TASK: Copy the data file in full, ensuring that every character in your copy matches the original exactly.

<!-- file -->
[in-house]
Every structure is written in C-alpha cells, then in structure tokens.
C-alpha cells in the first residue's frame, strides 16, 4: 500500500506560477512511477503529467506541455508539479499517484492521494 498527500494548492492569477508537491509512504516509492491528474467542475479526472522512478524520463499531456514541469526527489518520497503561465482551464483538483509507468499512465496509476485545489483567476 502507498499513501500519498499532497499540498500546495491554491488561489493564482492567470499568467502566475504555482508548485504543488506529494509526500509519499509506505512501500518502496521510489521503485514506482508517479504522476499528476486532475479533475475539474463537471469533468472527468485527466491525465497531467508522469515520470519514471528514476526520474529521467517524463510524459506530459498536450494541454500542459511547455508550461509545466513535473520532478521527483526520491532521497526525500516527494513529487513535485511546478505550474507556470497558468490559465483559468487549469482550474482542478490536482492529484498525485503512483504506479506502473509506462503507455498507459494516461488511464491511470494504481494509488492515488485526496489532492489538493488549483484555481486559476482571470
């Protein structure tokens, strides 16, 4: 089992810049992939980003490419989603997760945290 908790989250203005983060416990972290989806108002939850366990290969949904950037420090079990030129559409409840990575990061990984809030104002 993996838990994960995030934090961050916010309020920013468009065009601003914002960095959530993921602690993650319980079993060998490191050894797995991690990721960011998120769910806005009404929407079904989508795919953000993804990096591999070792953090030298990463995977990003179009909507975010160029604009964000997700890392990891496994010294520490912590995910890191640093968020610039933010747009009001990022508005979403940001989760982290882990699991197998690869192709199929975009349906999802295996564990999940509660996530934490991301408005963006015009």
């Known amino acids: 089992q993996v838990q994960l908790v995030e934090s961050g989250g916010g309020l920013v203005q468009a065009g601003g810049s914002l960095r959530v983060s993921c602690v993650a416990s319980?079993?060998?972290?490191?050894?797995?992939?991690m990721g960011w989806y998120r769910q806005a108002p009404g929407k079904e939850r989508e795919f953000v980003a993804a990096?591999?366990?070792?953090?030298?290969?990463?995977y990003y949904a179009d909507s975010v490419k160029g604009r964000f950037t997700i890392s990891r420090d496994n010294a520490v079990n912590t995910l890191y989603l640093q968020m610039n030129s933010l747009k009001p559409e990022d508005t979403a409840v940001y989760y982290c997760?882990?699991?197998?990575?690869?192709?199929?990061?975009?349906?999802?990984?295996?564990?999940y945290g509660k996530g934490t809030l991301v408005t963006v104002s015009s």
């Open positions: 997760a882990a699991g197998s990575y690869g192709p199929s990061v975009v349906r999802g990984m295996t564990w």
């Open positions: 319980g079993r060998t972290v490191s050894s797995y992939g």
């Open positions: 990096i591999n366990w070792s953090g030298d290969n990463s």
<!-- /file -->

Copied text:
[in-house]
Every structure is written in C-alpha cells, then in structure tokens.
C-alpha cells in the first residue's frame, strides 16, 4: 500500500506560477512511477503529467506541455508539479499517484492521494 498527500494548492492569477508537491509512504516509492491528474467542475479526472522512478524520463499531456514541469526527489518520497503561465482551464483538483509507468499512465496509476485545489483567476 502507498499513501500519498499532497499540498500546495491554491488561489493564482492567470499568467502566475504555482508548485504543488506529494509526500509519499509506505512501500518502496521510489521503485514506482508517479504522476499528476486532475479533475475539474463537471469533468472527468485527466491525465497531467508522469515520470519514471528514476526520474529521467517524463510524459506530459498536450494541454500542459511547455508550461509545466513535473520532478521527483526520491532521497526525500516527494513529487513535485511546478505550474507556470497558468490559465483559468487549469482550474482542478490536482492529484498525485503512483504506479506502473509506462503507455498507459494516461488511464491511470494504481494509488492515488485526496489532492489538493488549483484555481486559476482571470
């Protein structure tokens, strides 16, 4: 089992810049992939980003490419989603997760945290 908790989250203005983060416990972290989806108002939850366990290969949904950037420090079990030129559409409840990575990061990984809030104002 993996838990994960995030934090961050916010309020920013468009065009601003914002960095959530993921602690993650319980079993060998490191050894797995991690990721960011998120769910806005009404929407079904989508795919953000993804990096591999070792953090030298990463995977990003179009909507975010160029604009964000997700890392990891496994010294520490912590995910890191640093968020610039933010747009009001990022508005979403940001989760982290882990699991197998690869192709199929975009349906999802295996564990999940509660996530934490991301408005963006015009």
């Known amino acids: 089992q993996v838990q994960l908790v995030e934090s961050g989250g916010g309020l920013v203005q468009a065009g601003g810049s914002l960095r959530v983060s993921c602690v993650a416990s319980?079993?060998?972290?490191?050894?797995?992939?991690m990721g960011w989806y998120r769910q806005a108002p009404g929407k079904e939850r989508e795919f953000v980003a993804a990096?591999?366990?070792?953090?030298?290969?990463?995977y990003y949904a179009d909507s975010v490419k160029g604009r964000f950037t997700i890392s990891r420090d496994n010294a520490v079990n912590t995910l890191y989603l640093q968020m610039n030129s933010l747009k009001p559409e990022d508005t979403a409840v940001y989760y982290c997760?882990?699991?197998?990575?690869?192709?199929?990061?975009?349906?999802?990984?295996?564990?999940y945290g509660k996530g934490t809030l991301v408005t963006v104002s015009s």
């Open positions: 997760a882990a699991g197998s990575y690869g192709p199929s990061v975009v349906r999802g990984m295996t564990w």
């Open positions: 319980g079993r060998t972290v490191s050894s797995y992939g």
């Open positions: 990096i591999n366990w070792s953090g030298d290969n990463s």